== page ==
Hill area performers showcase talents at Fringe Festival
The ever vibrant if infelicitously named Philadelphia Live Arts Festival & Philly Fringe will run this year from Sept. 4 to 19 in venues throughout the city. The Philadelphia Live Arts Festival & Philly Fringe were originally founded in 1997 as the Philadelphia Fringe Festival. Today, the Live Arts Festival serves as a series of selected cutting-edge, boundary-breaking performing arts events, created by some of the most renowned contemporary artists from our region and around the world.
The Fringe serves as a collective home for artists bringing their work to audiences in every conceivable form — in traditional and untraditional venues — breaking rules or refining them. This year’s Live Arts Festival boasts premieres — eight world, three U.S. and three local.
The more experimental Fringe is organized without a selection filter, and will present 185 artists in 80 venues. At least 15 of the artists and producers are homegrown in the Northwest, so come meet your performing neighbors:
•‘Murder!’ at Chestnut Hill College: Dark Side Theatre Company will be committing a murder for their entry in the 2009 Philly Fringe Festival, or at least staging one during their world premiere production of local playwright and Chestnut Hill College alumna Jillian Taylor’s play, “Murder!” at Chestnut Hill College’s Gruber Theater, 9601 Germantown Ave., on Friday Sept. 4; Saturday, Sept. 5; Friday, Sept. 11, and Saturday, Sept. 12, 7:30 p.m., and Sunday, Sept. 6, 3 p.m.
In Taylor’s play, charming, handsome actor Paul DeVille is found dead in the closet of newspaperman Woodrow Carlton’s lake house, and the killer must be one of his closest friends, the only six people on Woodrow’s Island. Is the killer womanizing Jackson? Cavalier Woodrow? Dramatic Dahlia? Scorned Martha? Seemingly-innocent Sheri? Or brooding Landen?
“The inspiration for the group of friends in ‘Murder!’ is the famous Algonquin Roundtable of the 1920s,” explained playwright and Dark Side Managing Director, Jillian Taylor. “The Roundtable was a group of writers, including Dorothy Parker and Robert Benchley, renowned for their wit and infamous for playing practical jokes on one another. It was so much fun to write a mystery involving characters who, because of their joking, can’t trust each other on a good day, let alone a night when one of them is found dead in a closet.”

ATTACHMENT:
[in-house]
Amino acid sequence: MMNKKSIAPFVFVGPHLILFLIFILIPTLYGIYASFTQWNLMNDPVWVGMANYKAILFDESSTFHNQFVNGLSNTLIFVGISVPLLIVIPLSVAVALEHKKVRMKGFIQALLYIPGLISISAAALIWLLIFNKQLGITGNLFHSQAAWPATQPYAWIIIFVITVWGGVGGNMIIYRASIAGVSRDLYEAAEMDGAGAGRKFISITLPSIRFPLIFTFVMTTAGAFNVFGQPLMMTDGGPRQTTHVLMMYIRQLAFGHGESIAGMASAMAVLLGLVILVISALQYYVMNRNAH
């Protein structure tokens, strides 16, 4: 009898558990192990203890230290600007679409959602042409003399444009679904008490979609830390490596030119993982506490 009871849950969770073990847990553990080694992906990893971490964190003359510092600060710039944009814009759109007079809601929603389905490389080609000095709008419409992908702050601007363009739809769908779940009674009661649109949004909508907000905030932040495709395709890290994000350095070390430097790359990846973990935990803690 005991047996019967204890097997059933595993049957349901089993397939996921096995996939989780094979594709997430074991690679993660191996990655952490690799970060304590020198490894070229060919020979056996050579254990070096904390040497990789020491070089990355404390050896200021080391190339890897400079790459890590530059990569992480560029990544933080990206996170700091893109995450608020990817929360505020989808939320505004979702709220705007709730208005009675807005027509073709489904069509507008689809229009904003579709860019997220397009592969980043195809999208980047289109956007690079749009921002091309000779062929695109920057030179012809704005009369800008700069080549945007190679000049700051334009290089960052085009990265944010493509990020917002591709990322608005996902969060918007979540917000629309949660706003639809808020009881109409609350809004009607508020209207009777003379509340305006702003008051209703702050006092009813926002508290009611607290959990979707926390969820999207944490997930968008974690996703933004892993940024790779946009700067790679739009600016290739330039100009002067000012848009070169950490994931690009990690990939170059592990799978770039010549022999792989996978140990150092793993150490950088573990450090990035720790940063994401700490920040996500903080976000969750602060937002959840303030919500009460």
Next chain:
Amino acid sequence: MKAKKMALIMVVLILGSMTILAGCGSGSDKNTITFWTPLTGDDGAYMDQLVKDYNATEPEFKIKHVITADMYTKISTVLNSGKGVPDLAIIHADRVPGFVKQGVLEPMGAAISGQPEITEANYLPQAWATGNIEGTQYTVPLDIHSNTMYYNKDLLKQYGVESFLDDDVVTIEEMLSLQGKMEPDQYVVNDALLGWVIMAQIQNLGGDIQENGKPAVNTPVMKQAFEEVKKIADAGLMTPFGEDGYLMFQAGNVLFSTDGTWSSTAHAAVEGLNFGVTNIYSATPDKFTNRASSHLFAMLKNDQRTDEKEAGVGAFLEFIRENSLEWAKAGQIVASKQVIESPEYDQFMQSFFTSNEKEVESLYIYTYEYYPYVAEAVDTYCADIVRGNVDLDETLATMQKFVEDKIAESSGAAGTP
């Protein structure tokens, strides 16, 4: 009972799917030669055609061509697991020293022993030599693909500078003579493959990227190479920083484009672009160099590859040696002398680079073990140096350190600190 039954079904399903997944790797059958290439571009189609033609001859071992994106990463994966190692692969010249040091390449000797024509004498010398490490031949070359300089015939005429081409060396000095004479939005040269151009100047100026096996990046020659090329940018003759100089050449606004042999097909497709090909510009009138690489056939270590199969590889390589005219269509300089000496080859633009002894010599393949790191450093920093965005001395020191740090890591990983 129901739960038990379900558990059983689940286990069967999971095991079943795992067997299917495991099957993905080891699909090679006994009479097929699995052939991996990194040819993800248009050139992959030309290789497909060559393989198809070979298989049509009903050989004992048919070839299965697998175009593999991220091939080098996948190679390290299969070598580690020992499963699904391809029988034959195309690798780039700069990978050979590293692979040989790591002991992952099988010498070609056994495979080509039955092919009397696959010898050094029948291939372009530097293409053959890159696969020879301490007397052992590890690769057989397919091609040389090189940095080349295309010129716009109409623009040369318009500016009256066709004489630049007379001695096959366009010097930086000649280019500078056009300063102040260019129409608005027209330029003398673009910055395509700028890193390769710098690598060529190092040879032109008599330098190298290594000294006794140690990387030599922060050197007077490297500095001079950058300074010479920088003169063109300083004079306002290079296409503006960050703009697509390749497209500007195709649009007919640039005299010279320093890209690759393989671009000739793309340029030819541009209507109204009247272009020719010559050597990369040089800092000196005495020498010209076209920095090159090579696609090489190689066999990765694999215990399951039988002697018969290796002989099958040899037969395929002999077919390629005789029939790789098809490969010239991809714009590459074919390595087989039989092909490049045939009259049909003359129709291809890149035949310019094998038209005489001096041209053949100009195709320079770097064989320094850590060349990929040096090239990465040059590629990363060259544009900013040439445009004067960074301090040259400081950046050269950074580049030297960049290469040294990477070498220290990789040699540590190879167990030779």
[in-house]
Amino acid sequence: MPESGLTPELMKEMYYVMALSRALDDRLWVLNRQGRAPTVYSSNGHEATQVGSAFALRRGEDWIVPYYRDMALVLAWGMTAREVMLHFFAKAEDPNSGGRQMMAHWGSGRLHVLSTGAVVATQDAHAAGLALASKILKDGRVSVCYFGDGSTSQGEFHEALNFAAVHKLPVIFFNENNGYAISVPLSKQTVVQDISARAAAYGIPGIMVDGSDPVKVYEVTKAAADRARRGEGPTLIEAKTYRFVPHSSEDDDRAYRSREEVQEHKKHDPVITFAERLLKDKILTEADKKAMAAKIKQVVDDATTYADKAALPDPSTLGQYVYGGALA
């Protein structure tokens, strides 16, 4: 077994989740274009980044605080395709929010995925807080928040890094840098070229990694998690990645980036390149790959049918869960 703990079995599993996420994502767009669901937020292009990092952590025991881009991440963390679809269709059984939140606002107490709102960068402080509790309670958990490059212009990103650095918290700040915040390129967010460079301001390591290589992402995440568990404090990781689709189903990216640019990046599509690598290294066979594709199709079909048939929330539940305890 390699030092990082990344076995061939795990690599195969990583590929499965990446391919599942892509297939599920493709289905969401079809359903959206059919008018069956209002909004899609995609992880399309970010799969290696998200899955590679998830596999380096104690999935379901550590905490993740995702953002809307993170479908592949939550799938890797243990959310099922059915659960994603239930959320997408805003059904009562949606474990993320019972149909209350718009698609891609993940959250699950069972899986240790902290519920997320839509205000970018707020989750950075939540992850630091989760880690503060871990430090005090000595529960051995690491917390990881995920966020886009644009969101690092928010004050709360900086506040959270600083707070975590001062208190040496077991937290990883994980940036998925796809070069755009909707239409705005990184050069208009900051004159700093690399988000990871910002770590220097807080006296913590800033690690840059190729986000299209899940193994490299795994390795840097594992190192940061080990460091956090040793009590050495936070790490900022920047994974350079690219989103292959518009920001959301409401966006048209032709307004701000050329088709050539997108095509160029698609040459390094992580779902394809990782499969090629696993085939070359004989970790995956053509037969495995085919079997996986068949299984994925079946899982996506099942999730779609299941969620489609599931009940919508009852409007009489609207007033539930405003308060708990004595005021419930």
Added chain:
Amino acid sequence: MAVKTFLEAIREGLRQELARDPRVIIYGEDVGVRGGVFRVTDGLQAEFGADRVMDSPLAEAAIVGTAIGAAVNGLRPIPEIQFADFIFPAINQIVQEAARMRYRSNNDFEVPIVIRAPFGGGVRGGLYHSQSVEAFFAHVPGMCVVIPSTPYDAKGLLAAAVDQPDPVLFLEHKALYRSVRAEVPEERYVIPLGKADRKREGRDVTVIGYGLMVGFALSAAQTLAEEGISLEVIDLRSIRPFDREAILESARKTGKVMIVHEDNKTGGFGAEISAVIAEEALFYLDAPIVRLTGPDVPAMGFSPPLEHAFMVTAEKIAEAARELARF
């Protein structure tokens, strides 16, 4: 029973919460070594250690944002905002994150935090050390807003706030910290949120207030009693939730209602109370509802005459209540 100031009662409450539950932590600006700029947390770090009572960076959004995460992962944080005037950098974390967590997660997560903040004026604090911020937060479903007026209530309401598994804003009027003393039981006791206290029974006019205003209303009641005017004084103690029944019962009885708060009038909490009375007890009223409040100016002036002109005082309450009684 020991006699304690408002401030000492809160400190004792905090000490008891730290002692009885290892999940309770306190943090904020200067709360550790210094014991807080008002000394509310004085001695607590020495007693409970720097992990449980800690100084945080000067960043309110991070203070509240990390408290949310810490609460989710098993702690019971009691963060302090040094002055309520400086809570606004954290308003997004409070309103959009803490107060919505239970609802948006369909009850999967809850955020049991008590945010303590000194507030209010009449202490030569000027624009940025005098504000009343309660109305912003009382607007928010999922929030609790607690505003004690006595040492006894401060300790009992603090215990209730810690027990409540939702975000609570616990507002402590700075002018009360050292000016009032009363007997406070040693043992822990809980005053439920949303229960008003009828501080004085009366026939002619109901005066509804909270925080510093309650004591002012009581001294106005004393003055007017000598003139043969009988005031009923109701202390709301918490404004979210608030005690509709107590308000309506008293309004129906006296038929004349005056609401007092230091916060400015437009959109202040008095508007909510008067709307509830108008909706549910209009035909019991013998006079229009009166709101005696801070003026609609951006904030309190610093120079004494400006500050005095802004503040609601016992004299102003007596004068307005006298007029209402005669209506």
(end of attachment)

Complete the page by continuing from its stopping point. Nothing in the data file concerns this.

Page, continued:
$15 regular admission; $10 w/ valid student ID, purchase at the door or through the Live Arts and Philly Fringe Box Office. More info: 201-693-2754.
•Dave Burgess’ improv sketches build on the morning cup of WaWa coffee. Burgess and artistic director Kevin Jordan, both based in Roxborough, have produced a really local show with “correspondents” in the field. Partners in life and art, Burgess and Jordan have collaborated to combine comedy, video, live action and antics of all kinds on this marvelously silly, colorful multimedia show. “Wake Up Philadelphia” ($15/60 minutes) will be performed at Walking Fish Theatre, 2509 Frankford Ave., on Sept. 5, 18 and 19 at 7 p.m.; and
Sept. 12 at 8 p.m.
•Shawna Evans’ show, “In a Sense Nonsense,” has evolved over a decade. The 12 actors in the piece deliver an avant garde “word salad” with dance that explores how people treat each other, think what they do and change their minds. Co-written with Robert Anu-Hubbard, both of Mt. Airy, the show touches on perception vs. conformity, lies vs. truth and meaning vs. nonsense. Evans is on the faculty at Freedom Theatre, where she teaches acting. “In a Sense Nonsense” ($15/65 minutes) will be performed at Black Box at the New Freedom Theatre, 1346 N. Broad St., on Sept. 9, 10 and 11 at 8 p.m. and Sept. 12 at 3 and 8 p.m.
•Jen Fellman recalls with affection how she admired the “older girls” at Henry School in Mt. Airy who sang the lead in school musicalsl. Eventually she landed lead roles herself at Masterman and Muhlenberg College. A mezzo soprano and clown, Jen went on to study French music, jazz standards, cabaret and musical theater in France. Here she looks to Judy Garland and Edith Piaf, her artistic touchstones and each the center of her own circus. Fellman will perform “A Singer’s Circus” ($15/70 minutes) at Walnut Street Theatre Studio 5, 825 Walnut St., on Sept. 4, 10 and 11 at 7 p.m.; Sept. 5 and 12 at 2 and 7 p.m.; and Sept. 6 and 13 at 2 p.m.